WASHINGTON (CN) - The Senate on Tuesday confirmed seven of President Donald Trump's nominees to federal district courts across the country, most by unanimous voice votes.
The one nominee who received some opposition on Tuesday was U.S. Magistrate Judge Charles Goodwin, whom a majority of the American Bar Association's Standing Committee on the Federal Judiciary rated not qualified due to concerns about his work ethic.
While a minority of the committee rated Goodwin qualified, a majority found he was not qualified, citing his "frequent absence from the courthouse until mid-afternoon."
Goodwin, who will now take a seat on the U.S. District Court for the Western District of Oklahoma, explained he had a habit of working from his home office when he had opinions to write and no hearings scheduled because he found it "extremely beneficial" to "focus in solitude on writing."
He said whenever he was working from his home office he had access to email, two different phones and his office schedule and that he noticed "no practical difference in accessibility" between his home office and his chambers.
Goodwin said he never heard anyone complain about his practice of working from home, but noted he stopped doing so in August 2017 after an ABA investigator asked him about his habits.
"Although I respect the right of the ABA Standing Committee to express its opinion, I was disappointed in the ABA's process and did not find it to be thorough or fair," Goodwin told Sen. Dick Durbin, D-Ill., in response to questions submitted in writing after his confirmation hearing.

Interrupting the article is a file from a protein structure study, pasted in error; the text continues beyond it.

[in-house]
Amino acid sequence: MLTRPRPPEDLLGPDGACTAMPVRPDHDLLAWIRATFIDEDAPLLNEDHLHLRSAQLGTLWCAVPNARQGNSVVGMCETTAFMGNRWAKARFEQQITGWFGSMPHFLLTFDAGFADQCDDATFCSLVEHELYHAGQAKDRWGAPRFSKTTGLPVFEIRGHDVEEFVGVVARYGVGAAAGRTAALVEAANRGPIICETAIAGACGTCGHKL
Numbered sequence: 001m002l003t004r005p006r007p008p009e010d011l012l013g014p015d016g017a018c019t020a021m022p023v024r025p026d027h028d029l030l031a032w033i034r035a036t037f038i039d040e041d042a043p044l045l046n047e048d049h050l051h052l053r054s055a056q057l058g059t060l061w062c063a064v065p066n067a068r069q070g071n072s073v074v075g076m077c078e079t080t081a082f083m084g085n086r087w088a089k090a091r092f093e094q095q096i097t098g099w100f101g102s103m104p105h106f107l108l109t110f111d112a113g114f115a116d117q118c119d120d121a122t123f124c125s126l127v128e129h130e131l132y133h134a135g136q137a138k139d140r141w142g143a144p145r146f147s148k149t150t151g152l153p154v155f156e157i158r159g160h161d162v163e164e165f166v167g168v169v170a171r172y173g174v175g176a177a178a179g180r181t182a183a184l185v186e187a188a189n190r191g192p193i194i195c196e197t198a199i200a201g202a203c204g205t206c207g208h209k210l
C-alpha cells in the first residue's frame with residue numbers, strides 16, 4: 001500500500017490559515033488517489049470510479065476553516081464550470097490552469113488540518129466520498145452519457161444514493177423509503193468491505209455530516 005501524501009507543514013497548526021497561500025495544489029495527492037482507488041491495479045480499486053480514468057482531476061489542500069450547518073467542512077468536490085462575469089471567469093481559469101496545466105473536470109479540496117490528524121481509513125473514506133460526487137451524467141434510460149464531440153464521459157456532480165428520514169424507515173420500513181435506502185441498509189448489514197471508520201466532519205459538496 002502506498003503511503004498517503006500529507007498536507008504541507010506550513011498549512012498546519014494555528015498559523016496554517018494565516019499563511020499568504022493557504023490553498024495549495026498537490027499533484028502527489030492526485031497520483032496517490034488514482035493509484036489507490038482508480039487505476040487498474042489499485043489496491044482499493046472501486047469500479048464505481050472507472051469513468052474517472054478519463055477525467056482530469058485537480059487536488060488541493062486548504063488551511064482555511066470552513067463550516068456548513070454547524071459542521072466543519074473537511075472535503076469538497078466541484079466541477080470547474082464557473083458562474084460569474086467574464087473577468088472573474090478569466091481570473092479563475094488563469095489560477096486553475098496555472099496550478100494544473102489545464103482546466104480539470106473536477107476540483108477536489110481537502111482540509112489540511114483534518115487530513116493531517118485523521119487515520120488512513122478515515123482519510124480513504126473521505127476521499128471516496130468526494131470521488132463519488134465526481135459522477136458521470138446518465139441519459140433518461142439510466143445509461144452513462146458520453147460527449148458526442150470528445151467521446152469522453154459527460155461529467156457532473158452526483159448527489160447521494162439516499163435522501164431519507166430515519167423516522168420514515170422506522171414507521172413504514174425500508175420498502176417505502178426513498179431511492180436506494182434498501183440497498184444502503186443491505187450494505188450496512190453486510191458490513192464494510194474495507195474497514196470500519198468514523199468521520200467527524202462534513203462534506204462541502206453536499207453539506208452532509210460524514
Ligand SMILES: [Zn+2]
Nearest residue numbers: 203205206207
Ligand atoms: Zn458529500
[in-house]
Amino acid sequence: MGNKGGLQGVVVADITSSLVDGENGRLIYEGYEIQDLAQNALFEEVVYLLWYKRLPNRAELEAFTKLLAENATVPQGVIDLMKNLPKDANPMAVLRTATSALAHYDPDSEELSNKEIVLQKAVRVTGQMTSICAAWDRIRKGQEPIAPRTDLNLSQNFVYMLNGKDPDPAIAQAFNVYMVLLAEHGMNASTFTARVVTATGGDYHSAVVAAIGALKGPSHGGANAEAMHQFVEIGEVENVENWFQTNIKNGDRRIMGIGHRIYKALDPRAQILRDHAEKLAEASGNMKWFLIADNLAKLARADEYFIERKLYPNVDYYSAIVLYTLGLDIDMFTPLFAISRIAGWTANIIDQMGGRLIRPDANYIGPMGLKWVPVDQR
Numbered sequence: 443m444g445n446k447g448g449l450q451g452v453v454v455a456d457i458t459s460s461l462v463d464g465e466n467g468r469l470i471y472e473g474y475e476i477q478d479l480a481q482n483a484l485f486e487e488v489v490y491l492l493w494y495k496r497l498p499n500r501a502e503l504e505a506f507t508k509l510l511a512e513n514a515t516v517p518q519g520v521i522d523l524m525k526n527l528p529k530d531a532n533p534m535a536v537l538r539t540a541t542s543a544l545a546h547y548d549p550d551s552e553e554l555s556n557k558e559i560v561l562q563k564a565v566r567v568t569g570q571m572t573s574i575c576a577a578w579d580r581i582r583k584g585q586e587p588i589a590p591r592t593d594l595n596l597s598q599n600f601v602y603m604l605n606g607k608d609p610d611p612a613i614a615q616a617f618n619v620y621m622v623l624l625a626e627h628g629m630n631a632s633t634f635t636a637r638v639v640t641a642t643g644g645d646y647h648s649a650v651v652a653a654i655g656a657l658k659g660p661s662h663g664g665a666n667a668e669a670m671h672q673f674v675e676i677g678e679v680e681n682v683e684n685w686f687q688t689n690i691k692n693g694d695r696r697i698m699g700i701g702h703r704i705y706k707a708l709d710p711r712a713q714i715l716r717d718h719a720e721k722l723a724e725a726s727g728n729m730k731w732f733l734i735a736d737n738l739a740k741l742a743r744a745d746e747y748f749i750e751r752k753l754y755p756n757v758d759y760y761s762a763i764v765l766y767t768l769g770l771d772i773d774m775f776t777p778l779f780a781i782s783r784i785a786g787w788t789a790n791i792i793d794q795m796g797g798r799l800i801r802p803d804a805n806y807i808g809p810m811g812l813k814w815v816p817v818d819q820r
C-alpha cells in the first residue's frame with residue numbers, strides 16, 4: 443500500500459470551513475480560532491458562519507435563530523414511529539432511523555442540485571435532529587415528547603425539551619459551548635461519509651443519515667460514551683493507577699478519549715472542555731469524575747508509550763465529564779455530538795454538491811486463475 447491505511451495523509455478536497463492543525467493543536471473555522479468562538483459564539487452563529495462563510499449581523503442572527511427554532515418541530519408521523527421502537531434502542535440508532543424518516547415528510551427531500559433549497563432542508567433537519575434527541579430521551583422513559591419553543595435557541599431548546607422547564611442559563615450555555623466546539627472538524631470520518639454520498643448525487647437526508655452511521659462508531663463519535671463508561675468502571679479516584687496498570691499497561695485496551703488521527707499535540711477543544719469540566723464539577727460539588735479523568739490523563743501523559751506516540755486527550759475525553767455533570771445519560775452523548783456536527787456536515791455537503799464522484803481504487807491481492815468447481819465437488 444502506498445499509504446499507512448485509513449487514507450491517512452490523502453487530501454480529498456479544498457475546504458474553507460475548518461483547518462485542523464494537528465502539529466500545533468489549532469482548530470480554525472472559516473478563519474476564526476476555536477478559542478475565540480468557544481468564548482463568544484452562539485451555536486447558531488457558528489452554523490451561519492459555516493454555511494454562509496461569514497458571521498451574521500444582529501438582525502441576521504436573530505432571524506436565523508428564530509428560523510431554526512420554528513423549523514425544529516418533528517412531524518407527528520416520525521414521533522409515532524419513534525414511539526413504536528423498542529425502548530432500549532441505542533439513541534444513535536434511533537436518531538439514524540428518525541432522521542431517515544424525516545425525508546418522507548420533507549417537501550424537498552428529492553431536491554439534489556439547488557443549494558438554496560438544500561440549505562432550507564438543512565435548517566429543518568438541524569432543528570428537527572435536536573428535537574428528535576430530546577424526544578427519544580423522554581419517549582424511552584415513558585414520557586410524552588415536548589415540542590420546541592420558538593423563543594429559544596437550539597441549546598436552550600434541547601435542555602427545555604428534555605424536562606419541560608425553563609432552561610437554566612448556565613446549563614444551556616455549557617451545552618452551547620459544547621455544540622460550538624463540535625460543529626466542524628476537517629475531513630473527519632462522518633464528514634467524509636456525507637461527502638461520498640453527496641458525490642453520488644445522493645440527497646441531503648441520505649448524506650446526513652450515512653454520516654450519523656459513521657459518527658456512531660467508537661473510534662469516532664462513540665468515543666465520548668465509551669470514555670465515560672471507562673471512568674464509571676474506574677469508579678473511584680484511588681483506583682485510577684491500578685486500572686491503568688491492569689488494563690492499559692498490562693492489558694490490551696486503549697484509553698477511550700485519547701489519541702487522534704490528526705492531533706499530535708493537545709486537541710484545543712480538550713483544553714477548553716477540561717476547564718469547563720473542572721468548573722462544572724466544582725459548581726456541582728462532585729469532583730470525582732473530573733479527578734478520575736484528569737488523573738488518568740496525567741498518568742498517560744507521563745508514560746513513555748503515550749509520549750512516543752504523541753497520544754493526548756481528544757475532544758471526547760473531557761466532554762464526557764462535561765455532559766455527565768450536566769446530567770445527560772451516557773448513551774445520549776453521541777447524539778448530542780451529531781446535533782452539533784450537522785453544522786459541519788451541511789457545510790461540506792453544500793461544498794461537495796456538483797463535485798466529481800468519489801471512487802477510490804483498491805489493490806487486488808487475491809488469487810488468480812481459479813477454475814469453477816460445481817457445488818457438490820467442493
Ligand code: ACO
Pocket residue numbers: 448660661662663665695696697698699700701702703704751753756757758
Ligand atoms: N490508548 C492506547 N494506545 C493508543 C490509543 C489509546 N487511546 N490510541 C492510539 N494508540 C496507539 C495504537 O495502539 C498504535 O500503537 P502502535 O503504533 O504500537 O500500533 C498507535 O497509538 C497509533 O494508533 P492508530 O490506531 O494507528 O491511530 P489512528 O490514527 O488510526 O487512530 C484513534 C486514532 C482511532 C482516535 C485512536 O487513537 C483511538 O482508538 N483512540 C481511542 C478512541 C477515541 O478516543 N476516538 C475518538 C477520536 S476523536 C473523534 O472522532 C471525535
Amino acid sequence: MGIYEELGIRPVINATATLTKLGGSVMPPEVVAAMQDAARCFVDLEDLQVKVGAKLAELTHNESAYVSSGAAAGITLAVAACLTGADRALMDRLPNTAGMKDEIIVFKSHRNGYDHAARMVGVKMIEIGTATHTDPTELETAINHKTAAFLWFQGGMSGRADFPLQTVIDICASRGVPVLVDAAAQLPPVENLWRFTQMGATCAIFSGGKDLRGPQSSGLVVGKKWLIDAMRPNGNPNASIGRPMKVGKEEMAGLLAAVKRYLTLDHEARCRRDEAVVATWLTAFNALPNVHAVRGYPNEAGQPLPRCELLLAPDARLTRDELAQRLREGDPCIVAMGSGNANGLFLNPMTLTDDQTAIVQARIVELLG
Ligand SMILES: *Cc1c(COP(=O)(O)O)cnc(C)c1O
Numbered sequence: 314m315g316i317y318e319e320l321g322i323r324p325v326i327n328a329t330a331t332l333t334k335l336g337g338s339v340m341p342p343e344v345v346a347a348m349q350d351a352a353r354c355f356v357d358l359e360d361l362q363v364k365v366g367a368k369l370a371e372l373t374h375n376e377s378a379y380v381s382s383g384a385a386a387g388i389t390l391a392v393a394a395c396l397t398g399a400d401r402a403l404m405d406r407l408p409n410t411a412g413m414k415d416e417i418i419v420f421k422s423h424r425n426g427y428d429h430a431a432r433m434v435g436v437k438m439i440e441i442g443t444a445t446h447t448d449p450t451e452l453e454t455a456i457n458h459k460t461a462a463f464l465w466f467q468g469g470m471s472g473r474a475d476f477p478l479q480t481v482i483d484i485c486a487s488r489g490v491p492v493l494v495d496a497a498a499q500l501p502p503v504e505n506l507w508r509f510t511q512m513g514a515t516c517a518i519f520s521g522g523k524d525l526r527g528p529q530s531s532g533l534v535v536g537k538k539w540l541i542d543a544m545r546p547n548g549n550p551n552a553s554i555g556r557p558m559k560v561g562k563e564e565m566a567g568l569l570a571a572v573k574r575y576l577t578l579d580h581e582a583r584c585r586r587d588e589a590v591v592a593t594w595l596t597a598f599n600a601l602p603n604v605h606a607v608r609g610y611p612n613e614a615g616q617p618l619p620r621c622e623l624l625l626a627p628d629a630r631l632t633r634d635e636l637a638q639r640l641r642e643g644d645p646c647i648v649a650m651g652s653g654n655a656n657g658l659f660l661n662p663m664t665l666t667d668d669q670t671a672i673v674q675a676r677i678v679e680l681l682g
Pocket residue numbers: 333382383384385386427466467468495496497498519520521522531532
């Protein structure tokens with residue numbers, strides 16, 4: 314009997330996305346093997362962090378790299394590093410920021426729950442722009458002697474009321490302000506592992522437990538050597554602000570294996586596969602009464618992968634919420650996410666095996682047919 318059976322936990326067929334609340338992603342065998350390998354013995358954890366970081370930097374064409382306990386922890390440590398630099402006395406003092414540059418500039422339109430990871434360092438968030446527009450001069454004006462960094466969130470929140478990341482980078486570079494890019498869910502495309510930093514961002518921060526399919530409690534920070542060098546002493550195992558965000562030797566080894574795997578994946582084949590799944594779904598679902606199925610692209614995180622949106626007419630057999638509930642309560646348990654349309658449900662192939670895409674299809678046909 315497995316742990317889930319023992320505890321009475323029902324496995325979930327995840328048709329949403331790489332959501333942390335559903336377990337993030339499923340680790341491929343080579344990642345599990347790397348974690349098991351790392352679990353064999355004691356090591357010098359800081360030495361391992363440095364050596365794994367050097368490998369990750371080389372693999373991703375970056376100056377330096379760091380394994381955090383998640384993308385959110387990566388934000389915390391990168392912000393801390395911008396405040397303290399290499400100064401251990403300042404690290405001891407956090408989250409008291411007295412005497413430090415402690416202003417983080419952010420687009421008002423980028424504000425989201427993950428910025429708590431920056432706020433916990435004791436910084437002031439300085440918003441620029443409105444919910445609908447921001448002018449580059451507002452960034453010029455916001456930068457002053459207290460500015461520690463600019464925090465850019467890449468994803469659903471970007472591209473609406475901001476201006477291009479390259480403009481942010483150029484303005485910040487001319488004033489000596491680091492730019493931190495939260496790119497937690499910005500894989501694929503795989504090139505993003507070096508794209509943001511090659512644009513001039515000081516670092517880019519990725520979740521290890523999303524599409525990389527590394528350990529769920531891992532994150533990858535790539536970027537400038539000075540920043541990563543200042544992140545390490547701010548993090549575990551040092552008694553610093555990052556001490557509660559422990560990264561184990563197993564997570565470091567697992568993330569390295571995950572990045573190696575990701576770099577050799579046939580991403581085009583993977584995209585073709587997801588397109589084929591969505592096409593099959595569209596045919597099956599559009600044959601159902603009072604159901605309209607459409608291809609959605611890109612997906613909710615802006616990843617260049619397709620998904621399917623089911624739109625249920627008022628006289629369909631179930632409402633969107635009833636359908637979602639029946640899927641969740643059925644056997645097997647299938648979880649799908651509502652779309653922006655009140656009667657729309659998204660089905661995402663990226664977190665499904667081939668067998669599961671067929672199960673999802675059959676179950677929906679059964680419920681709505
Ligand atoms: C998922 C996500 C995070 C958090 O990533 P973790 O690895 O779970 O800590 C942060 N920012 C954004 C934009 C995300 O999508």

Goodwin has served as a magistrate judge on the U.S. District Court for the Western District of Oklahoma since 2013, having previously worked at the Oklahoma City firm Crowe & Dunlevy. Goodwin cleared the Senate in a 52-42 vote.
U.S. Magistrate Judge Terry Moorer will become the first African American judge on the U.S. District Court for the Southern District of Alabama after earning confirmation in a unanimous voice vote in the Senate on Tuesday afternoon. Moorer is also the first black judicial nominee confirmed during the Trump administration.
Moorer worked as a federal prosecutor in Alabama from 1990 to 2007, during which time he also worked as a military judge and judge advocate in the Alabama National Guard. Moorer also served from 1981 to 1986 in the Alabama National Guard.
Moorer took a seat as a magistrate judge on the U.S. District Court for the Middle District of Alabama in 2007 and has served on the court ever since. He told Sen. Dianne Feinstein, D-Calif., in response to written questions submitted after his nomination hearing that he believes his experience as a magistrate judge will serve him well in his new position.
"I can say my experience as a magistrate judge has reinforced for me the importance of remembering that at the bottom of all files and cases are people and their stories," Moorer wrote. "In other words, judges and lawyers provide their greatest service to our society when they remember the humanity of the litigants - even opposing or difficult litigants."
U.S. Magistrate Judge Stan Baker received similarly strong support in the Senate, earning confirmation to the U.S. District Court for the Southern District of Georgia in a unanimous voice vote.